Government Spending

Is a Government Shutdown Better Than More Reckless Borrowing?

Short-term solutions and governing from crisis to crisis isn't working.


The monthslong debate over raising the debt limit is barely in the rearview mirror, and already it's time for another round of brinksmanship over the federal government's fiscal future.

This time the stakes are a possible government shutdown at the end of the current fiscal year on September 30. That will happen unless Congress and President Joe Biden agree on a budget before then—which is highly unlikely—or agree to pass a short-term continuing resolution, which is how these fights are usually resolved.

The complicating factor is that some Republican members of the House are threatening to use a possible shutdown as leverage to push a variety of their preferred policies.

Some of those demands reflect important concerns about the fiscal state of the government and the growing budget deficit. The House Freedom Caucus wants to revisit the debt limit deal made by Biden and Speaker of the House Kevin McCarthy (R–Calif.) earlier this year, in the hopes of lowering spending levels for future years. Members are also demanding an end to what they call a "blank check" of military aid and funding for Ukraine.

But the group's demands also include more funding for a wall on the border with Mexico, new limits on which immigrants can be granted asylum, and a crackdown on the FBI. Some members of the group are attaching even-less-related issues to the budget negotiations: Rep. Marjorie Taylor Greene (R-Ga.), for example, told constituents last week that she would not vote to fund the federal government unless the House opens impeachment proceedings against Biden, CNBC reported.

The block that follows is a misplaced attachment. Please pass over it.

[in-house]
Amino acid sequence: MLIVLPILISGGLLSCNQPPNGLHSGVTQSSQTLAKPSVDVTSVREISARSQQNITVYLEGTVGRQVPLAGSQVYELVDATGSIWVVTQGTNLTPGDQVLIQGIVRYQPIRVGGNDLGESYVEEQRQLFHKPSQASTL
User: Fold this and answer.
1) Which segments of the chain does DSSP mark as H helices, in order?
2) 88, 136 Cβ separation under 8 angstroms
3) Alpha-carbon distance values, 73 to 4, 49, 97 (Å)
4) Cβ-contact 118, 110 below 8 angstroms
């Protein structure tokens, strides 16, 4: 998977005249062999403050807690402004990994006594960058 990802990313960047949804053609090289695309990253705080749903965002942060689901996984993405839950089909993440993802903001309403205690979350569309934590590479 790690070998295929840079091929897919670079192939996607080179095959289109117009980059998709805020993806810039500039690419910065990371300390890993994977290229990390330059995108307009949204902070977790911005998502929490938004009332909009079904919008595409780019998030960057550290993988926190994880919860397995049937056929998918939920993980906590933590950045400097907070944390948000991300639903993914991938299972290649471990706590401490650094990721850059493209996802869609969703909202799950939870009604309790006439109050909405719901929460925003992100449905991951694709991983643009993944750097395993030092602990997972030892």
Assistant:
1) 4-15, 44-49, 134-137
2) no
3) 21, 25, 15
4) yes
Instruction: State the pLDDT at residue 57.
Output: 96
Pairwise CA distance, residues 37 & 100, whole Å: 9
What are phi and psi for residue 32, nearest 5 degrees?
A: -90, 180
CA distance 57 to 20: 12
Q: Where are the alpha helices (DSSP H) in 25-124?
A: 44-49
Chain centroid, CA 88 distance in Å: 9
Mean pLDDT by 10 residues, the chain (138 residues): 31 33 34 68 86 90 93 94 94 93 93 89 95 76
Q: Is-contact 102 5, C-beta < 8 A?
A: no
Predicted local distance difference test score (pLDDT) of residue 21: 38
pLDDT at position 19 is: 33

Whether or not Biden deserves to be the subject of an impeachment inquiry, making these sorts of but-wait-there's-more demands only serve to distract from the essential debate here: the one over the federal government's unsustainable fiscal trajectory.

And unsustainable it is. The national debt is now larger than the American economy, something that's never happened outside of a few brief years during World War II. The budget deficit for the first 10 months of this fiscal year added another $1.6 trillion to the debt, and the short-term nature of most government borrowing means higher interest rates are adding fuel to this fiscal fire. By the end of the decade, interest costs on the national debt will exceed the size of the military budget and will only keep growing. And then there's the Social Security crisis looming in the early 2030s.

It's unfortunate that the only group of lawmakers trying to slam the brakes on federal spending is constantly being distracted by other, less important issues. Because, when it comes to the country's fiscal status, the Freedom Caucus is pretty much right.

"[People] say, 'The Freedom Caucus is a danger,'" Sen. Rand Paul (R-Ky.) told Axios earlier this week. "No, the danger is the status quo." As Axios also notes, Paul is not the only senator who seems sympathetic to the Freedom Caucus' maneuvers, though the majority in the upper chamber seems unwilling to consider a government shutdown. Senate Minority Leader Mitch McConnell (R–Ky.) has indicated that the Freedom Caucus is essentially McCarthy's problem to solve.

While we wait to see what happens next, it's worth considering how this new fight over a possible government shutdown reveals the foolishness of governing from crisis to crisis. Biden and McCarthy had an opportunity to head off some of the federal government's major fiscal problems earlier this year but instead settled for a debt ceiling deal that largely maintained the status quo—the new limits on discretionary spending do virtually nothing to solve the deficit, spending, or entitlement issues facing the country.

This year's federal budget deadline presents an even better opportunity for beginning the difficult process of solving those problems. At the very least, lawmakers should ask why federal spending has ballooned from $4.8 trillion to more than $6.2 trillion between 2018 and 2022, and how that increase in spending is driving deficits higher.

Punting on those tough questions doesn't make any of them go away. Instead, it will only create another crisis in a few months, and another opportunity for groups like the House Freedom Caucus to leverage the debate.

This is no way for a serious country to govern itself. It's fine to worry about the consequences of a government shutdown, but at some point Congress has to start worrying about the consequences of keeping the government open if doing so requires ongoing borrowing at unsustainable rates.